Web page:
Rounding the Mark

Sunday, 10 October 2010

Rounding the Mark.jpg

Rounding The Mark starts with Montalbano on the verge of resigning after his mainland colleagues' repressive security measures at the G8 summit in Genoa. Having made up his mind and arranged the appointment with Bonetti-Alderighi, the inevitable differences of opinion with Livia and Mimi Augello lead to a sleepless night followed by an early morning swim, rudely interrupted by an encounter with a floating corpse. 

He uses his swimming trunks to tow the badly decomposed body ashore, resulting in an amusing confrontation between a naked Montalbano and an elderly couple from the mainland. 

It's not the right season for an early morning swim, and his exertions in the water, the confrontation on the beach and a blow on the head from an iron bar, force Montalbano to spend the day in bed, which in turn means he's unable to tender his resignation since Bonetti-Alderighi, has been called to the mainland just before Salvo rings to arrange the appointment.

A phone call from the coroner regarding the corpse reveals that as far as Doctor Pasquano is concerned, it's murder, but he's off to visit a sick relative and his deputy is quite convinced the victim drowned. Since Mistretta's the one who'll sign the death certificate, Drowned allows Montalbano to investigate the case without supervision by his superiors. Handy indeed.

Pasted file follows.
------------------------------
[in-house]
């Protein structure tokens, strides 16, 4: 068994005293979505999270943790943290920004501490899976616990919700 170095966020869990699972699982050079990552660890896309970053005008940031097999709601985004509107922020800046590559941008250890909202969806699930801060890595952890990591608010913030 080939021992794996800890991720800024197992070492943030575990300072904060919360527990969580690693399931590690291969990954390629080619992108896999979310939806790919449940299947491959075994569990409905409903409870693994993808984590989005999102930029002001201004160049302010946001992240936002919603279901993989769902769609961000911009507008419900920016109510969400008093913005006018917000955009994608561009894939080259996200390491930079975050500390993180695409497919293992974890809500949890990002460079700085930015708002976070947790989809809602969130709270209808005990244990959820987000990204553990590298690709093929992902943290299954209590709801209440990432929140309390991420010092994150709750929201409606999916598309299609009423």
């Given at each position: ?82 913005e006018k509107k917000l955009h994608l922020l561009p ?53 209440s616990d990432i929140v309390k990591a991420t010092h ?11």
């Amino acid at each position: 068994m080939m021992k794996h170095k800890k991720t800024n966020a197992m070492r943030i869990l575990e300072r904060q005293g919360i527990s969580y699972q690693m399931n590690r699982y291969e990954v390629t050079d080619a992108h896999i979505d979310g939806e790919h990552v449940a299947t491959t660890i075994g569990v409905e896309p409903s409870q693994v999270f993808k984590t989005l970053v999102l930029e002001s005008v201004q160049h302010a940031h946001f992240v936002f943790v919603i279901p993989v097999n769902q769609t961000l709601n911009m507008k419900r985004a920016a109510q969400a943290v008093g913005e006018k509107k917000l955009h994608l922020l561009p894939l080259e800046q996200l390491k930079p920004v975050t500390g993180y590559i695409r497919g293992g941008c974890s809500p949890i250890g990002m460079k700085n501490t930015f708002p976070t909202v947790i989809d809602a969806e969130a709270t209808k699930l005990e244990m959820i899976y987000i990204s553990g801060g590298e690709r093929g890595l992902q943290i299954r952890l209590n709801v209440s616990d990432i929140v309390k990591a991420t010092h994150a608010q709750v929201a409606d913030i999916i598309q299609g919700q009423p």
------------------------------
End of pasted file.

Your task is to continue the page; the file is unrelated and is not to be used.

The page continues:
As soon as he starts asking questions, it's obvious that things don't add up. Despite the fact that the victim's been dead a long time, the condition of the corpse isn't consistent with the length of time it has supposedly spent in the water. 

Responding to a colleague’s request for a replacement pair of glasses, Salvo runs across the second thread in the plot line. Arriving at the harbour, where two boatloads of illegal immigrants are in the process of being unloaded, Salvo finds himself chasing and catching a small boy, returning him to his mother. 

There’s something unsettling about the matter, but Salvo has other major concerns on his plate, including finding a replacement following the closure of his favourite trattoria.

As his suspicions about the runaway continue, he finds a number of suspicious coincidences and the suspicions kick into overdrive when the same boy is the victim of a hit and run incident on a remote roadway.

Predictably. the two cases are intertwined, and relate to the trafficking if children for slave labour, paedophilia or organ transplants. His discovery that he has unwittingly aided the traffickers by retrieving the runaway means that Montalbano is determined to bring them to justice, which he duly does, though at some personal cost.

© Ian Hughes 2012